"Nescio cur, miser est suaviter omnis amans."

"I know not why, every lover is sweetly wretched.” Henceforth he prays, if ever it should be his lot to love again, that one dart may pierce the breast of two lovers. Alas! his prayer was doomed never to be answered, except, perhaps, for one short year. It was about this time, while at Cambridge, the following adventure, which, however, is a mere tradition, and

rests on no authority, happened to him. And we cannot do better than describe it in the words of 'Satan' Montgomery.

'There is a tale-and let it live

Such life as fond romance can give,—
That once as slumb'ring Milton lay
In umbrage from the noon-warm day,
Beneath the twilight of a tree,
That arch'd its waving canopy,
A maiden saw his sleeping face,

And, spell-bound with its beauteous grace,
Her wonder in sweet song express'd,
And placed it on the poet's breast :-
"If eyes when shut the heart can take,
How bright their vict'ry when awake!”
Oh! who can tell what beauty flowed
From feelings by such words bestow'd?
The Eve of his enchanted thought,

From hues of nature's heaven was wrought,
And she, of Paradise the queen,

Embodied what his soul had seen.'

But we must pass on to our selections, which will prove the truth of these remarks.

"If it were seriously asked (and it would be no untimely question), renowned parliament, select assembly! who, of all teachers and masters that have ever taught, hath drawn the most disciples after him, both in religion and in manners? it might be not untruly answered, custom. Though virtue be commended for the most persuasive in her theory, and conscience, in the plain demonstration of the spirit, finds most evincing; yet whether it be the secret of divine will, or the original blindness we are born in, so it happens for the most part that custom still is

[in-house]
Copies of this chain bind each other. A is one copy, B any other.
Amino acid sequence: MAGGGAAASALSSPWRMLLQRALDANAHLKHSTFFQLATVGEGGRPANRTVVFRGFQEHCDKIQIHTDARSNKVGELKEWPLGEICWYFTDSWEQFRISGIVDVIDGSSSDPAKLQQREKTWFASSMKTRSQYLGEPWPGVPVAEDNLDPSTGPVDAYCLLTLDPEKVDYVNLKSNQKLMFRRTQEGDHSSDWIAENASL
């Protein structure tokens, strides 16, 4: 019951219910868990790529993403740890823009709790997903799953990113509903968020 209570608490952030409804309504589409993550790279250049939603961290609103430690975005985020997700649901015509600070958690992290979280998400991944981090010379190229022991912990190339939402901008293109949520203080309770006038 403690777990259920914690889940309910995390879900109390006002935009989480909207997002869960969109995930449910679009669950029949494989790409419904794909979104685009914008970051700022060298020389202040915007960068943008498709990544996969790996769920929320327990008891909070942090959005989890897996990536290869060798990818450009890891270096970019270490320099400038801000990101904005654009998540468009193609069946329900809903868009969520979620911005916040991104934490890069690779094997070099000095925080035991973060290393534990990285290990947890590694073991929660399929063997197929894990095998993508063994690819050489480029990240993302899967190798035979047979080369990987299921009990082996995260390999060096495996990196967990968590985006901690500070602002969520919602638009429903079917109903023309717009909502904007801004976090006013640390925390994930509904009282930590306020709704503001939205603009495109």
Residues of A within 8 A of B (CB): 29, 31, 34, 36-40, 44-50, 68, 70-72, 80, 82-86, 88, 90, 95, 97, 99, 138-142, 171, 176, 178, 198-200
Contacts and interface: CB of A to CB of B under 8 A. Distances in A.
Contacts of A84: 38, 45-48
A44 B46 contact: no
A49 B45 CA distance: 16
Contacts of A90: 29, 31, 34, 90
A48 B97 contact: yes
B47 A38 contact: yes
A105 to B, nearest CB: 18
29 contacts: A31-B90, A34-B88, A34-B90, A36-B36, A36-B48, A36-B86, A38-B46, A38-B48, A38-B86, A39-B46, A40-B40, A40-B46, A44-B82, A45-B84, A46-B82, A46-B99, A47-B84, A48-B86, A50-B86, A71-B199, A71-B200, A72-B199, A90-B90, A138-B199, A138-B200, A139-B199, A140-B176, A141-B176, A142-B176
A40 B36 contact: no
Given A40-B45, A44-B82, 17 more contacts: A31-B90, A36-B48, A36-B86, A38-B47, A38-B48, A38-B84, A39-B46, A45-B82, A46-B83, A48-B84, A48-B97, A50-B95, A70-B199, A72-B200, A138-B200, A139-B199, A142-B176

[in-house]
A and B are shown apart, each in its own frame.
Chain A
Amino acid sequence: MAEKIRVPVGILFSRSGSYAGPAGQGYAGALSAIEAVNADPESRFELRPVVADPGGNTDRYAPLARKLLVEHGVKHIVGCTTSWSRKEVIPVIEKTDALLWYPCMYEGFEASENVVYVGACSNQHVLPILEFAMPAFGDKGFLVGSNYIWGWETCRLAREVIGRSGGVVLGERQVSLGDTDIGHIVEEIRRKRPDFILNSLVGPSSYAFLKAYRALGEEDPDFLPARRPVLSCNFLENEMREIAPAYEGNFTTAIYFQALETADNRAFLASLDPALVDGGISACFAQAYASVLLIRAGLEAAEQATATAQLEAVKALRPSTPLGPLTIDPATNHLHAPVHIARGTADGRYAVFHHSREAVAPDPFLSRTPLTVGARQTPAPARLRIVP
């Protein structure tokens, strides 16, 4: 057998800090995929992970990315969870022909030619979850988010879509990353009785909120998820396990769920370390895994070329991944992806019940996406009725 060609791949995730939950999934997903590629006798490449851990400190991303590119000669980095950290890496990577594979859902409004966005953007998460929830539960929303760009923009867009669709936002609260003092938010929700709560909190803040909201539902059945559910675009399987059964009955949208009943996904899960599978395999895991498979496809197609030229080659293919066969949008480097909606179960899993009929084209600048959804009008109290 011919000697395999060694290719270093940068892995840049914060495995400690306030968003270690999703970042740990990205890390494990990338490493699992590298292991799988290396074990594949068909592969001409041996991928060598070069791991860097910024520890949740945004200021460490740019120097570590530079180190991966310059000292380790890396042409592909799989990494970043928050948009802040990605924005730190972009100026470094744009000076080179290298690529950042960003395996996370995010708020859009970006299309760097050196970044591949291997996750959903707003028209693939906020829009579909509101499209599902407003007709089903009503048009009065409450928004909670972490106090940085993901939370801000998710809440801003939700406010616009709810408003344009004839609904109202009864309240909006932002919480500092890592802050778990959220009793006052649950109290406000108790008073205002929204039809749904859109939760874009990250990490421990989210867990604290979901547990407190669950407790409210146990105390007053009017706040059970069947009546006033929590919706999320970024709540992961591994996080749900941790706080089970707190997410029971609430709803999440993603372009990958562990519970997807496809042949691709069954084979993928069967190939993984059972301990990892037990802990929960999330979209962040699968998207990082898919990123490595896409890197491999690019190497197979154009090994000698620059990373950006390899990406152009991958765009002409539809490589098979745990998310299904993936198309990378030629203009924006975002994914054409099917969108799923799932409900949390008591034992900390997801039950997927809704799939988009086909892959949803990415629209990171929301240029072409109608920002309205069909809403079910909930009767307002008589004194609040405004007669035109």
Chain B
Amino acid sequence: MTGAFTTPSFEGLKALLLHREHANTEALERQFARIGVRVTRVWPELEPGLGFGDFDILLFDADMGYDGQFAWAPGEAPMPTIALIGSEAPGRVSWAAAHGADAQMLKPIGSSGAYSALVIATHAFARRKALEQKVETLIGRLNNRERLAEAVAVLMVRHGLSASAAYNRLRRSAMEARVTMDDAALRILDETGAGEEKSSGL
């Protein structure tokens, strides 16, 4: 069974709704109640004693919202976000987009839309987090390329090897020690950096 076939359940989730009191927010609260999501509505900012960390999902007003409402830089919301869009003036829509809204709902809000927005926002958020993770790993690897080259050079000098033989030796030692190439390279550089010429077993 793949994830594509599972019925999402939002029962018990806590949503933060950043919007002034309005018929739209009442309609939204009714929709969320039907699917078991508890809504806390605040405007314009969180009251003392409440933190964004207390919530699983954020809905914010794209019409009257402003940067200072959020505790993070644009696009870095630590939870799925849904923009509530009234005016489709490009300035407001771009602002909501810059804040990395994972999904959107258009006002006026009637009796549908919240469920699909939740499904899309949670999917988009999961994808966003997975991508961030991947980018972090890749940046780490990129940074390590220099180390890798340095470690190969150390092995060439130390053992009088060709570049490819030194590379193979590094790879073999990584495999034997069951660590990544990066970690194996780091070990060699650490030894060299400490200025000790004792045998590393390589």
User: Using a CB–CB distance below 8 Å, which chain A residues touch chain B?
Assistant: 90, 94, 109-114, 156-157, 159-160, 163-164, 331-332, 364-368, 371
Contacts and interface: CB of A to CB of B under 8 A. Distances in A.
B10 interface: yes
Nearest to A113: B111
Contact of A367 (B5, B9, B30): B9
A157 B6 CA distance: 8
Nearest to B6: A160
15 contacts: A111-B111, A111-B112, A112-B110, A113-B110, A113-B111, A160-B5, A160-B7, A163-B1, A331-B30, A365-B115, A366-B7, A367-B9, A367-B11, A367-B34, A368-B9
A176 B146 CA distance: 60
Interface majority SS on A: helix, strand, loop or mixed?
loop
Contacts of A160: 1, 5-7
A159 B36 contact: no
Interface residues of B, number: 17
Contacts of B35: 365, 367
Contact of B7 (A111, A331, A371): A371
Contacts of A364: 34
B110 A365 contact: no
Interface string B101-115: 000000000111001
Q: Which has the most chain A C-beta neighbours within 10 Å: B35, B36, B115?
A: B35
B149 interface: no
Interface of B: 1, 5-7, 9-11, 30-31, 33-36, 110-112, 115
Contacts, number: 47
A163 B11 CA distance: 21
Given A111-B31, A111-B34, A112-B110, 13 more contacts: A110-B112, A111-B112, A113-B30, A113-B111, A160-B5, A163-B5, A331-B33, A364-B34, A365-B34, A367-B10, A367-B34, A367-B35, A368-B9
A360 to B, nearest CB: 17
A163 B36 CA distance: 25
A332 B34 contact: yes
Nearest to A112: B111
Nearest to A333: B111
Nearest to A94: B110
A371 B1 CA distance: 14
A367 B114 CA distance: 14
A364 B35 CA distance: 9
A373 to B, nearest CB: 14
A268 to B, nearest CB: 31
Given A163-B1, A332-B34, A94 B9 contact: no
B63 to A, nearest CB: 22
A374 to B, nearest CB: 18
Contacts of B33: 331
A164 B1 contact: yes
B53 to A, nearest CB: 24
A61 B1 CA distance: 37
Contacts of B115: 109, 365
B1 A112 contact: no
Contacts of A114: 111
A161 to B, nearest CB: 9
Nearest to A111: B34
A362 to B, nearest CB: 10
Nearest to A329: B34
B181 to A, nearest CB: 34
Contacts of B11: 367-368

silently received for the best instructor. Except it be because her method is so glib and easy, in some manner like to that vision of Ezekiel, rolling up her sudden book of implicit knowledge, for him that will to take and swallow down at pleasure, which puffs up unhealthily a certain big face of pretended learning, and not only in private mars our education, but also in public is the common climber into every chair, where either religion is preached, or law reported; filling each estate of life and profession with abject and servile principles, depressing the high and heavenborn spirit of man far beneath the condition wherein either God created him or sin hath sunk him. To pursue the allegory, custom being but a mere face, as echo is a mere voice, rests not in her unaccomplishment, until by secret inclination she accorporate herself with error, who, being a blind and serpentine body, without a head, willingly accepts what he wants, and supplies what her incompleteness went seeking. Hence it is that error supports custom, custom countenances error; and these two between them would persecute and chase away all truth and solid wisdom out of human life, were it not that God, rather than man, once in many ages calls together the prudent and religious counsels of men, deputed to repress the encroachments, and to work off the inveterate blots and obscurities wrought upon our minds by the subtle insinuating of error and custom. Against which no